Written by Jen Finn
October 2, 2012
It's that time of year again, and so we hereby invite your submission for publication in the "Crew Shots 2008" section of our January issue.
Last year your response was amazing. We got far more shots than we expected and did our best to use at least one photo from everyone who sent pictures, and we'll make every effort to do the same thing this year.
We're looking for digital pictures of your crew at work, at play — even at rest — taken this year. They should be moderately high-resolution images.
Last year we received several pictures that were quite small, and I think the published results probably disappointed the people they portrayed.
Our art director, Jen Finn, suggests that a digital image 1,260 x 945 (pixels) should work, but if your camera has a higher setting, that's OK, too. More pixels mean more details and allow us to faithfully reproduce an image. As was the case last year, we hope to put a sampling of pictures on the cover. (Hint: We find shots with fish as well as people especially heartwarming.)
Please e-mail them to me by Oct. 31 at email@example.com and enter "crew shots 08" in the subject line.
Please include the name of the vessel, its home port, where the shot was taken (if not in the home port) and the names of all pictured crew members, from left to right (which will save us reordering them and reduce the likelihood of error.)
If you are a troglodyte who still shoots slides or, heaven forbid, prints, address them to me at National Fisherman, 121 Free St., Portland ME 04112 and write "crew shots" on the envelope. We will scan the shots right away and return them to you.
Although I went fishing for quite a few years, I worked at newspapers for several years after that. I hadn't been at National Fisherman too long when my old editor at The Boston Globe asked me how I liked it here, and without having to think about it, I said, "The fishing industry has a real pulse to it."
Because newspapers must react to events, they devote significant resources to covering stories that everyone involved knows (or should know) are jive. During my years at the Globe (1993-97) I spent far too much time reading about O.J. Simpson and Whitewater, to cite two of the low-water marks of my mainstream career, and I still am grateful to the good Lord for getting me out of the newsroom before Monica Lewinsky took center stage.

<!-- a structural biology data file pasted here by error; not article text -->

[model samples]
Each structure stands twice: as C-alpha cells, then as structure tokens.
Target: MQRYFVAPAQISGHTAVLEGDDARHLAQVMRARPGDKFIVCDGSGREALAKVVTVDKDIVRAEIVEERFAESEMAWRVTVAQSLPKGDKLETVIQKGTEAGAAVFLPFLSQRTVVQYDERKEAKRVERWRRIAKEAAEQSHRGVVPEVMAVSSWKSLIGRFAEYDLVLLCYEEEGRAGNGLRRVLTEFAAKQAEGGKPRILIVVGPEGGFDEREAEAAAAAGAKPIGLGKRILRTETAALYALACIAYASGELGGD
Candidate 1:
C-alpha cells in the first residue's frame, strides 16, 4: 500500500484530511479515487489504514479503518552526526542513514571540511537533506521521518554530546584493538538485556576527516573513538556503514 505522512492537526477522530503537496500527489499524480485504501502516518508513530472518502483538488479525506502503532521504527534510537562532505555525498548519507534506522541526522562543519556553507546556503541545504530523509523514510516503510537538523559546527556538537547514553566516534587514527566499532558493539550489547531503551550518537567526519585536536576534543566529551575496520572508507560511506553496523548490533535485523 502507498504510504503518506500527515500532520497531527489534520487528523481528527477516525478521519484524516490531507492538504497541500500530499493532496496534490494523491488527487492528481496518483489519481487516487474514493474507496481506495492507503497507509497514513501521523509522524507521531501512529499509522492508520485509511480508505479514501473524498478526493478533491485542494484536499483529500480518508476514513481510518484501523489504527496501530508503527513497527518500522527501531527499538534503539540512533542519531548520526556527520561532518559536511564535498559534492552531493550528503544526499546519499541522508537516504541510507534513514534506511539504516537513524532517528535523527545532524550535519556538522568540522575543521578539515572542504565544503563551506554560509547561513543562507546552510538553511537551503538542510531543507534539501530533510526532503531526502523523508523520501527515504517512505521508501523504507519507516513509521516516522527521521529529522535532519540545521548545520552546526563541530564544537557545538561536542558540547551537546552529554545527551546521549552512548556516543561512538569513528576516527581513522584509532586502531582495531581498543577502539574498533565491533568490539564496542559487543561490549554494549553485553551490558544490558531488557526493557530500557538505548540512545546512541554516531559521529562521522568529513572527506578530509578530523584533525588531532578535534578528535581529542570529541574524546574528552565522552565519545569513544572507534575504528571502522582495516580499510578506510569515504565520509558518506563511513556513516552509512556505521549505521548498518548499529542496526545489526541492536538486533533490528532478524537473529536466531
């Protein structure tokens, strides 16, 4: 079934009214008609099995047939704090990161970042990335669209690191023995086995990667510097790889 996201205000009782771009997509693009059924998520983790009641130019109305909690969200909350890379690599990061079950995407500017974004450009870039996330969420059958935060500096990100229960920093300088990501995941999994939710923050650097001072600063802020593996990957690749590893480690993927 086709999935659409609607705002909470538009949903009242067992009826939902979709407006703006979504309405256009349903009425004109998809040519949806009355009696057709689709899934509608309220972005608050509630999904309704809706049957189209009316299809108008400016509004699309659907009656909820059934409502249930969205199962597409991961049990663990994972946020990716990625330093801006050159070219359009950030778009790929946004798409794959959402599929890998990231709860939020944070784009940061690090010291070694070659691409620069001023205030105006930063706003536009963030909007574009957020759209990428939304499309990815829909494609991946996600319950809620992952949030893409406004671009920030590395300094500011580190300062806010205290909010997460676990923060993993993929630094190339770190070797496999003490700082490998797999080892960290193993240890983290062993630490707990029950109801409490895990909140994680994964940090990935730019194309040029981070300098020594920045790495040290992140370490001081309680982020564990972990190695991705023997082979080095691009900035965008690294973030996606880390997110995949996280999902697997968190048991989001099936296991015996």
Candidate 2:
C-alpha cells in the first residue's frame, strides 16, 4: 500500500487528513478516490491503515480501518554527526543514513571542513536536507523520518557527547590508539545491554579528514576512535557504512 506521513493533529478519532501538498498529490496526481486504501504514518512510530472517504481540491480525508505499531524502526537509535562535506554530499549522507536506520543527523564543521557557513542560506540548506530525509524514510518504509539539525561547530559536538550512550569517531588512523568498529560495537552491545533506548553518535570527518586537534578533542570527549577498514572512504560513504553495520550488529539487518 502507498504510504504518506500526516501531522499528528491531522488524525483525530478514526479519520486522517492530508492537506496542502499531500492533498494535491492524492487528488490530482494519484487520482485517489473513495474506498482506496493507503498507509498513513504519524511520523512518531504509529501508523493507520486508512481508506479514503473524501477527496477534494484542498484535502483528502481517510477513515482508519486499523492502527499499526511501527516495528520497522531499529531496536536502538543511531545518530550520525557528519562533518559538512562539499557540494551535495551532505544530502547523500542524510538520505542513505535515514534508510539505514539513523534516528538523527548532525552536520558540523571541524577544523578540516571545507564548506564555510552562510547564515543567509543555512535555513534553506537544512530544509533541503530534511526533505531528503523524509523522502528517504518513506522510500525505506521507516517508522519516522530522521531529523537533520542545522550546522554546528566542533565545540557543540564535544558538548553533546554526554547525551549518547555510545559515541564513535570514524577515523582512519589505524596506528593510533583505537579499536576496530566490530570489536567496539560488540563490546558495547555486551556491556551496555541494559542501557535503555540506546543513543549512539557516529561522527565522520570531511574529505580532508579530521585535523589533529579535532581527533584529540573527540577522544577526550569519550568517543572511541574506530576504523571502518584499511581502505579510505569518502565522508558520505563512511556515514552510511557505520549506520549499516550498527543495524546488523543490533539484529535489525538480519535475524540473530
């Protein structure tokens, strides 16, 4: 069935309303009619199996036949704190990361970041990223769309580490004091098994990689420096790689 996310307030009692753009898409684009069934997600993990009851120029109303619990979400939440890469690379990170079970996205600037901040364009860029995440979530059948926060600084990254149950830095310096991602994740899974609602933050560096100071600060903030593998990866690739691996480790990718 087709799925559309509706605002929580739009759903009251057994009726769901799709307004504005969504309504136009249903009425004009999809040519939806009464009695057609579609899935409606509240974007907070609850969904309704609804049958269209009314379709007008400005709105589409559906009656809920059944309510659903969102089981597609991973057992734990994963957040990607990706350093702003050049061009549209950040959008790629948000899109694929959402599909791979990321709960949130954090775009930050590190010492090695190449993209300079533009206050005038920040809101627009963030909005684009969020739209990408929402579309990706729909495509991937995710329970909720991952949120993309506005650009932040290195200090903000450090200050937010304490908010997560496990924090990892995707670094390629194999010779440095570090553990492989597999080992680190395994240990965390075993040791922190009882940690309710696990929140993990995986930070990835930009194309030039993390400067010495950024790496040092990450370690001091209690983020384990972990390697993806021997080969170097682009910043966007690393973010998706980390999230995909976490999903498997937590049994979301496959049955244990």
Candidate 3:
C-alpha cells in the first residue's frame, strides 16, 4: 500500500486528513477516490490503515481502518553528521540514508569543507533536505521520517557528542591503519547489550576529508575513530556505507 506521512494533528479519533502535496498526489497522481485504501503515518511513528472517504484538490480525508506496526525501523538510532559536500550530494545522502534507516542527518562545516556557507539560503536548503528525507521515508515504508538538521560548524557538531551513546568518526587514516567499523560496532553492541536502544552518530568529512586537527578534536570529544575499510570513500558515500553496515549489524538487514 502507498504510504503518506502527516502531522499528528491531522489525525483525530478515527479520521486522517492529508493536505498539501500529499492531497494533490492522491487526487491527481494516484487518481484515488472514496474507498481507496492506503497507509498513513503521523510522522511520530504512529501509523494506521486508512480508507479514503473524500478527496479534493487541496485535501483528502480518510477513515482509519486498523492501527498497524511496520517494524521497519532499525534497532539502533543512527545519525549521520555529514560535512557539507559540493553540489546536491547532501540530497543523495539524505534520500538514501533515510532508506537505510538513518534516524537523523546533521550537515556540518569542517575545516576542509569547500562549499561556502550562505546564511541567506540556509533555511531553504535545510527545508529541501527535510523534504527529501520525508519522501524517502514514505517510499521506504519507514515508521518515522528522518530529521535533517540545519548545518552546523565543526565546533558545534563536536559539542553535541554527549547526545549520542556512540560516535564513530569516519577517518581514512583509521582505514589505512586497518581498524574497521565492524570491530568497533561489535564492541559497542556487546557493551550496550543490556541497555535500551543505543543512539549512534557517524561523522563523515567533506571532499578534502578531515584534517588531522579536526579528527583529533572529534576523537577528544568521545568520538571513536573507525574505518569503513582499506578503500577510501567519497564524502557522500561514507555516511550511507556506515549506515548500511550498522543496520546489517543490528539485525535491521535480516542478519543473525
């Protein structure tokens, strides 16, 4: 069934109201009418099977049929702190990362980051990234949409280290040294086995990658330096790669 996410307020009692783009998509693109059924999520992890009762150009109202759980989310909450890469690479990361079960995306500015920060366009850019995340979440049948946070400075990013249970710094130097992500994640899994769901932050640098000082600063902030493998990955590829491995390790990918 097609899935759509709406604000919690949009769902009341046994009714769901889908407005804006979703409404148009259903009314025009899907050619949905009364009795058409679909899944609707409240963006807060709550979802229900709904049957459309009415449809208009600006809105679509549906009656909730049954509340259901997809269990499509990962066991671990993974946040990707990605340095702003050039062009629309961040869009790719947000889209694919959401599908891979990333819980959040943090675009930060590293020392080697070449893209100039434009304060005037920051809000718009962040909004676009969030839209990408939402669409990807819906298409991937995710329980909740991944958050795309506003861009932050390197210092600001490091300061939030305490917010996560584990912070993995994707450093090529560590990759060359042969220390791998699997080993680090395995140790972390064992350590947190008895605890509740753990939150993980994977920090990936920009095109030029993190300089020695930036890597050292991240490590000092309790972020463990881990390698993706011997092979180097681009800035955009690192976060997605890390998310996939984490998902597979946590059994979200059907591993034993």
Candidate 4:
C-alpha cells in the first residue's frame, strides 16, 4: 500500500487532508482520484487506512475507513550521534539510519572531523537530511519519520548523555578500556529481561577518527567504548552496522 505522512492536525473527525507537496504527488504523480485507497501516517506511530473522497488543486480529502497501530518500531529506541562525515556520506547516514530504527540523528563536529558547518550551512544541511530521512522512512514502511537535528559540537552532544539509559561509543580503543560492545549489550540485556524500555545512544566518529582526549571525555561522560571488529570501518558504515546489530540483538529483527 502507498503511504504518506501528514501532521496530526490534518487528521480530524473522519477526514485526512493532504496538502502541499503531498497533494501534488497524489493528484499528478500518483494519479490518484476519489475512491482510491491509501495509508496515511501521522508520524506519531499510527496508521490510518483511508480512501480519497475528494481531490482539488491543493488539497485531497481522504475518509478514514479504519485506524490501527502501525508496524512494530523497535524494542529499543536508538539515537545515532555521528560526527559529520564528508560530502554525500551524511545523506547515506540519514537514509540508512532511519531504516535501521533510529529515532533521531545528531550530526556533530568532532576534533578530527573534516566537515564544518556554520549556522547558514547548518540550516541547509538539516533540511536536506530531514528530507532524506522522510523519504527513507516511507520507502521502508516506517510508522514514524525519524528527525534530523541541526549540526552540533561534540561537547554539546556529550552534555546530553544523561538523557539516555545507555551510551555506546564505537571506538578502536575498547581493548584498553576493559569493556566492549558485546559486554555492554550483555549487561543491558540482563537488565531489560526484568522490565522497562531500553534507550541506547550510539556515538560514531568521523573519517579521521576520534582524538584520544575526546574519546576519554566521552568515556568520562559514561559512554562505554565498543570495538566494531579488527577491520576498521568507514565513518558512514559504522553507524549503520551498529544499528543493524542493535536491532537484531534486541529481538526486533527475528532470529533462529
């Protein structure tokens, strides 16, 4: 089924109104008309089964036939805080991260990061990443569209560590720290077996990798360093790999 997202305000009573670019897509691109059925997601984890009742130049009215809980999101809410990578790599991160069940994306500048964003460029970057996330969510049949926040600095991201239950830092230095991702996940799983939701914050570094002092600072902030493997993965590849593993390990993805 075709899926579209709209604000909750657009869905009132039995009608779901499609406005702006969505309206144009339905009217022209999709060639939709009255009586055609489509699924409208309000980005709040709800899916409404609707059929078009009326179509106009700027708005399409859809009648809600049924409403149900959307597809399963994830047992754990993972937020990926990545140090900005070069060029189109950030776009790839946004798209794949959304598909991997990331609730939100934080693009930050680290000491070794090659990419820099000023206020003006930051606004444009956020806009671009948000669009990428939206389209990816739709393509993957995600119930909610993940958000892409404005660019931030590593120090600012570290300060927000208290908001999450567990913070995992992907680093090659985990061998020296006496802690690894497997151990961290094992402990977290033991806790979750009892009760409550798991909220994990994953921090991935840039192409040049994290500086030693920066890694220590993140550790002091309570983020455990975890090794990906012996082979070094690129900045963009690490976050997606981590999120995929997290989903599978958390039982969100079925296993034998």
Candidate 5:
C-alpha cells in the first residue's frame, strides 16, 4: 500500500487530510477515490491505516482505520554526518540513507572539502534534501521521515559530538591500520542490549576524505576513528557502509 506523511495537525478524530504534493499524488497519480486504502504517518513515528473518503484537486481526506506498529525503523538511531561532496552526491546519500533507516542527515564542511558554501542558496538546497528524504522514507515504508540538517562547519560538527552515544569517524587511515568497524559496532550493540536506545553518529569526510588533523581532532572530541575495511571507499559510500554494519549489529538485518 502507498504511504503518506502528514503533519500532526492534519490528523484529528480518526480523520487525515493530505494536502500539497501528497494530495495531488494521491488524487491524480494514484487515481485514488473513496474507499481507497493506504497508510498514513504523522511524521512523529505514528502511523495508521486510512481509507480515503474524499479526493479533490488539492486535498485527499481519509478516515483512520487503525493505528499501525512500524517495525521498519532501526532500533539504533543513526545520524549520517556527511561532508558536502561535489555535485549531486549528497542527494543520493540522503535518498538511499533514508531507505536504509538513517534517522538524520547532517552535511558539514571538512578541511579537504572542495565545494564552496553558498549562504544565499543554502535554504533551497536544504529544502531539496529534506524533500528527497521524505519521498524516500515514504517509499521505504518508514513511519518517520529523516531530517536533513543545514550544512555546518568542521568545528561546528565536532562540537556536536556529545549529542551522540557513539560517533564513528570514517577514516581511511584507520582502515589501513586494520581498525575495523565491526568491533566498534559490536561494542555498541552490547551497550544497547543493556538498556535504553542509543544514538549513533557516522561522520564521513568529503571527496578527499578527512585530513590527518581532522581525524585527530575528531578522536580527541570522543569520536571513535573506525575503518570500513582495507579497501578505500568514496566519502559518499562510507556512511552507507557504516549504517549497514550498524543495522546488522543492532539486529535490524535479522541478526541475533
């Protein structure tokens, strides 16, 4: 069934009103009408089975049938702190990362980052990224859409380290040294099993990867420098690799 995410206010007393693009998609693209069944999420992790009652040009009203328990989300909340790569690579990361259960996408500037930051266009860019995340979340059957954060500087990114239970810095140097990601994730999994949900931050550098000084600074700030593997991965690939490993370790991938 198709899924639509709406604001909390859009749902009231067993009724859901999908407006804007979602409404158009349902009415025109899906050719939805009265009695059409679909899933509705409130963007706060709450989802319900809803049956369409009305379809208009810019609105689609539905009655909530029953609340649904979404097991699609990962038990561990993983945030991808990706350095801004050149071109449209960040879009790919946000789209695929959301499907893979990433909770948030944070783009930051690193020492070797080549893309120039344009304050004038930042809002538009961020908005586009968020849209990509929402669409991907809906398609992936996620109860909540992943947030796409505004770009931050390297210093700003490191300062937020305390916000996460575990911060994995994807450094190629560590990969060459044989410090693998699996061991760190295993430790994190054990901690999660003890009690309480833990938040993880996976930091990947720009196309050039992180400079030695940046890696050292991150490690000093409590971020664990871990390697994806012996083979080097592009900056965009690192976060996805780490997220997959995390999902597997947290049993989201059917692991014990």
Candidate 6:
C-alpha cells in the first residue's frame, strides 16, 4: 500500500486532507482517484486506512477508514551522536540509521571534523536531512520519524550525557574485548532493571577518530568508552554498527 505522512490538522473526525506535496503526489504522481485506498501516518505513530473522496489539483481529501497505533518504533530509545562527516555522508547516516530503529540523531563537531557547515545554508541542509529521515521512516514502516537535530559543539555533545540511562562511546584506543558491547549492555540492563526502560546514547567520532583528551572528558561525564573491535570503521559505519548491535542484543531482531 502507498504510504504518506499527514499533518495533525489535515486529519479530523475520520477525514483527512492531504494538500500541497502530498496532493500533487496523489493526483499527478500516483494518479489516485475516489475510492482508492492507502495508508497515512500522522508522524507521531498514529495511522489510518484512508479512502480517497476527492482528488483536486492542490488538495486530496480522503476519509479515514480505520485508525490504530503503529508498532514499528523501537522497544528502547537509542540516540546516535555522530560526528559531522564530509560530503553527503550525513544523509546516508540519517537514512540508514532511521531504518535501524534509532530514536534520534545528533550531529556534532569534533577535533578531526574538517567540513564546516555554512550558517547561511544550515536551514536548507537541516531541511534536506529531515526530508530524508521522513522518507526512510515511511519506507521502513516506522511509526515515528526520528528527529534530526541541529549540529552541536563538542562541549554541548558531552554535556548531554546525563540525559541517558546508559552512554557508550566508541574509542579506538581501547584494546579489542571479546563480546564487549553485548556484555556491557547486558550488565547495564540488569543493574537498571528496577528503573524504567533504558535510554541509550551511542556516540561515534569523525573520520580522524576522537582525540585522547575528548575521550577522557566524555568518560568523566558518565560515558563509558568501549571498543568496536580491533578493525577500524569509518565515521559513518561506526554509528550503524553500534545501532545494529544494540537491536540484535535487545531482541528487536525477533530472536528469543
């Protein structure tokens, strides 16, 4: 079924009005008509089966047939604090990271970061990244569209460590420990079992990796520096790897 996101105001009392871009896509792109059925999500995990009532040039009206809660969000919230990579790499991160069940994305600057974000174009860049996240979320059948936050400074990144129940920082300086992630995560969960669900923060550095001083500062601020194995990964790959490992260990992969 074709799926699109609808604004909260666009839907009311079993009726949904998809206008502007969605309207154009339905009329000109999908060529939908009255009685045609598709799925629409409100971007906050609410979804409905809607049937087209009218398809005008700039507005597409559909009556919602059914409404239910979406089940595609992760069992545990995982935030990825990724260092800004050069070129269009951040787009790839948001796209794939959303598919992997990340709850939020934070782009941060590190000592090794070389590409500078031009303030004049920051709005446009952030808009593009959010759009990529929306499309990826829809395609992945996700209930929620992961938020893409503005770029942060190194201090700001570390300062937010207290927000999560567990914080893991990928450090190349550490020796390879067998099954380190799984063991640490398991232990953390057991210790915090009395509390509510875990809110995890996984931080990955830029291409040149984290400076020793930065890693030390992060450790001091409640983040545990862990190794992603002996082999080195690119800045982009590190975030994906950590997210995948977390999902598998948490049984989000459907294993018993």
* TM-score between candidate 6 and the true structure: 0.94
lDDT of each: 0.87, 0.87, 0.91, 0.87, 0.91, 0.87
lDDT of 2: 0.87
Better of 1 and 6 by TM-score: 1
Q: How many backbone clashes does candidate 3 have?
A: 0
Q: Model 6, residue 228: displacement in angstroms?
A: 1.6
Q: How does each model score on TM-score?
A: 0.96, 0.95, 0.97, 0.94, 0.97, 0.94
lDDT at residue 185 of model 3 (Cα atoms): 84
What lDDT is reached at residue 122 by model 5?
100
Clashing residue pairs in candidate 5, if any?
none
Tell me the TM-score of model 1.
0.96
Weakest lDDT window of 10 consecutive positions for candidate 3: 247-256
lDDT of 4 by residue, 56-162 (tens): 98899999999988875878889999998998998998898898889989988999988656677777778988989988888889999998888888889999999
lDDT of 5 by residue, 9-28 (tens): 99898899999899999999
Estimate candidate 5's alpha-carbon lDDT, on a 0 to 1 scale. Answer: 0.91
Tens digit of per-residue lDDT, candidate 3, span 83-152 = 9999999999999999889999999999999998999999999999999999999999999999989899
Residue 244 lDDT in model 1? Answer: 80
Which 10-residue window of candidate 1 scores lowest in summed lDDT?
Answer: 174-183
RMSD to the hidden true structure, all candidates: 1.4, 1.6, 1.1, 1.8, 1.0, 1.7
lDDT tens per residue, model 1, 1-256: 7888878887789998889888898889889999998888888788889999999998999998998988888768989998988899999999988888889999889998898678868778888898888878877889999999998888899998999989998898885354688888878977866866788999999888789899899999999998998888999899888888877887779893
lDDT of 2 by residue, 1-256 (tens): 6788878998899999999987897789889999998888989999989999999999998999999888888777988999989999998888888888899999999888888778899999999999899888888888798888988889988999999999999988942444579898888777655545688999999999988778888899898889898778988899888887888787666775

At NF we try to focus on stories for and about the people of our industry — its pulse — and that would be you.
So let's see what you've got. And please, no marlin shots.
* * *
Did you know it is possible to produce a kilo of farmed salmon with a single kilo of feed? That's according to Helga Pedersen, Norway's minister of fisheries, who spoke at AquaNor, in Trondheim, as reported recently on the Fish Update Web site.
Without putting words in Pedersen's mouth, she is clearly holding this ratio out as a glorious eco-bargain.
Would that it were so! One unanswered question is the matter of how many kilograms of wild fish it takes to produce a kilogram of feed that consists largely of fish oil and fish meal.
Then there is the issue of logic: Can we really get 2.2 pounds of fish out of 2.2 pounds of feed? After all, it's not as if farm-raised salmon never go to the bathroom!
Quite the contrary: The little buggers excrete waste in prodigious fashion. As Daniel Pauly, a professor of fisheries at the University of British Columbia in Vancouver who has likened salmon pens to floating pig farms, once told the Los Angeles Times "They consume a tremendous amount of highly concentrated protein pellets and they make a terrific mess."
(Pauly has also leveled criticisms at wild-harvest fisheries. He is, to be sure, an equal-opportunity antagonist.)
And although Norway clearly has become a world-class producer of farmed fish (the value of its aquaculture exports exceeds the value of exports from its traditional fisheries), Pedersen concedes that there are "problems" with escapement.
Scientists and others are fearful of disease and other consequences when escaped farmed fish mingle with wild stocks.
I mention this not to flog U.S. producers of farmed salmon; I am confident that eventually they will get their ducks in a row with respect to the ecological effects of aquaculture.
Until they do, however, it seems worthwhile to utter the occasional note of caution to our good shepherds at NMFS, who seem bound and determined — but ill-prepared — to go down the path of open-ocean aquaculture.
— Jerry Fraser
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